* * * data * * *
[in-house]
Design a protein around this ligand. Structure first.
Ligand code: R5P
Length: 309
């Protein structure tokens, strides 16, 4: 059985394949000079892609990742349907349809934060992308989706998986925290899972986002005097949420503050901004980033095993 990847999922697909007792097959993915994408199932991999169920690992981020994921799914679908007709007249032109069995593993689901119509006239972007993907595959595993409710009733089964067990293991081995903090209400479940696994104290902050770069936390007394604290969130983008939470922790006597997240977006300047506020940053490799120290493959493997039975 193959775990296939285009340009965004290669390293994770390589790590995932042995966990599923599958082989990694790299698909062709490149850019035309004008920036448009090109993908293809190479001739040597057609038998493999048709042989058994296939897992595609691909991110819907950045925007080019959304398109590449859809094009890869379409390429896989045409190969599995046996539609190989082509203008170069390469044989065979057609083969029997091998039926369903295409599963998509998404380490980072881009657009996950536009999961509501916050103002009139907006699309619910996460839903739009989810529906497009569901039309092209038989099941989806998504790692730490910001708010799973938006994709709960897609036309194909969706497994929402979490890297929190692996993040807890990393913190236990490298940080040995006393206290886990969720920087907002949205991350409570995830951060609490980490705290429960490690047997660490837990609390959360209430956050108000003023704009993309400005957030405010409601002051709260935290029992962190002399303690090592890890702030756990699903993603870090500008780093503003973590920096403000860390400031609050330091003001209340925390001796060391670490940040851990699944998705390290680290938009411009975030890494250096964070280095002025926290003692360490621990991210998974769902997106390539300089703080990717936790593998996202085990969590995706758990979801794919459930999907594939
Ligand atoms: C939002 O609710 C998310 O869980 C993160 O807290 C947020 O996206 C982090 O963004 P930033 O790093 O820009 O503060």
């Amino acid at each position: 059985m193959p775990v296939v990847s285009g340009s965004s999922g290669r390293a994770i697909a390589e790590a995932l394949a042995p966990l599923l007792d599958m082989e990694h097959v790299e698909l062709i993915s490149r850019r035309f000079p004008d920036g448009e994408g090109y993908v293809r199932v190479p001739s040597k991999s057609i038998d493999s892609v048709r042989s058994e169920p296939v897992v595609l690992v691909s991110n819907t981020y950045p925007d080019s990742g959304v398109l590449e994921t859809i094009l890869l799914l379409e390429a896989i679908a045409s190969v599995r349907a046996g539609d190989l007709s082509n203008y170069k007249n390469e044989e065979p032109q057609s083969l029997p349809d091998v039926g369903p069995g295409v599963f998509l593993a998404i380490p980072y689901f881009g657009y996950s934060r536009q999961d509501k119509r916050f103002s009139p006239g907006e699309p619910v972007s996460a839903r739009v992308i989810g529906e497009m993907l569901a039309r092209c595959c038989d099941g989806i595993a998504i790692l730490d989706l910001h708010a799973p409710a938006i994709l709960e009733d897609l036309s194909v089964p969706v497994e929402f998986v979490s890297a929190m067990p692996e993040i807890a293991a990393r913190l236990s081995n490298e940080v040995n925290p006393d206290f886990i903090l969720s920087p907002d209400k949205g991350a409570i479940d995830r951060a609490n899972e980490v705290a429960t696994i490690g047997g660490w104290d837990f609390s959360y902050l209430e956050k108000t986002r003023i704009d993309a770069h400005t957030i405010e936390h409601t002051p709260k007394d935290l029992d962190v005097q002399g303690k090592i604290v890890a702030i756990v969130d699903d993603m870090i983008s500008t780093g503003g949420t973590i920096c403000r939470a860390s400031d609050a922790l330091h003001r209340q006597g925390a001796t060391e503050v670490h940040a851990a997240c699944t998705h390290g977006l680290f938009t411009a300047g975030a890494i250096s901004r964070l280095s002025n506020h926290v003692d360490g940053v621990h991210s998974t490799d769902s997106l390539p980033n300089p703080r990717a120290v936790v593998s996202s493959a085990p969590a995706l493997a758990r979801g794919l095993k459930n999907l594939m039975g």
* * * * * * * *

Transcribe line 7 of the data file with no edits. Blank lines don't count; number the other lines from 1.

């Amino acid at each position: 059985m193959p775990v296939v990847s285009g340009s965004s999922g290669r390293a994770i697909a390589e790590a995932l394949a042995p966990l599923l007792d599958m082989e990694h097959v790299e698909l062709i993915s490149r850019r035309f000079p004008d920036g448009e994408g090109y993908v293809r199932v190479p001739s040597k991999s057609i038998d493999s892609v048709r042989s058994e169920p296939v897992v595609l690992v691909s991110n819907t981020y950045p925007d080019s990742g959304v398109l590449e994921t859809i094009l890869l799914l379409e390429a896989i679908a045409s190969v599995r349907a046996g539609d190989l007709s082509n203008y170069k007249n390469e044989e065979p032109q057609s083969l029997p349809d091998v039926g369903p069995g295409v599963f998509l593993a998404i380490p980072y689901f881009g657009y996950s934060r536009q999961d509501k119509r916050f103002s009139p006239g907006e699309p619910v972007s996460a839903r739009v992308i989810g529906e497009m993907l569901a039309r092209c595959c038989d099941g989806i595993a998504i790692l730490d989706l910001h708010a799973p409710a938006i994709l709960e009733d897609l036309s194909v089964p969706v497994e929402f998986v979490s890297a929190m067990p692996e993040i807890a293991a990393r913190l236990s081995n490298e940080v040995n925290p006393d206290f886990i903090l969720s920087p907002d209400k949205g991350a409570i479940d995830r951060a609490n899972e980490v705290a429960t696994i490690g047997g660490w104290d837990f609390s959360y902050l209430e956050k108000t986002r003023i704009d993309a770069h400005t957030i405010e936390h409601t002051p709260k007394d935290l029992d962190v005097q002399g303690k090592i604290v890890a702030i756990v969130d699903d993603m870090i983008s500008t780093g503003g949420t973590i920096c403000r939470a860390s400031d609050a922790l330091h003001r209340q006597g925390a001796t060391e503050v670490h940040a851990a997240c699944t998705h390290g977006l680290f938009t411009a300047g975030a890494i250096s901004r964070l280095s002025n506020h926290v003692d360490g940053v621990h991210s998974t490799d769902s997106l390539p980033n300089p703080r990717a120290v936790v593998s996202s493959a085990p969590a995706l493997a758990r979801g794919l095993k459930n999907l594939m039975g």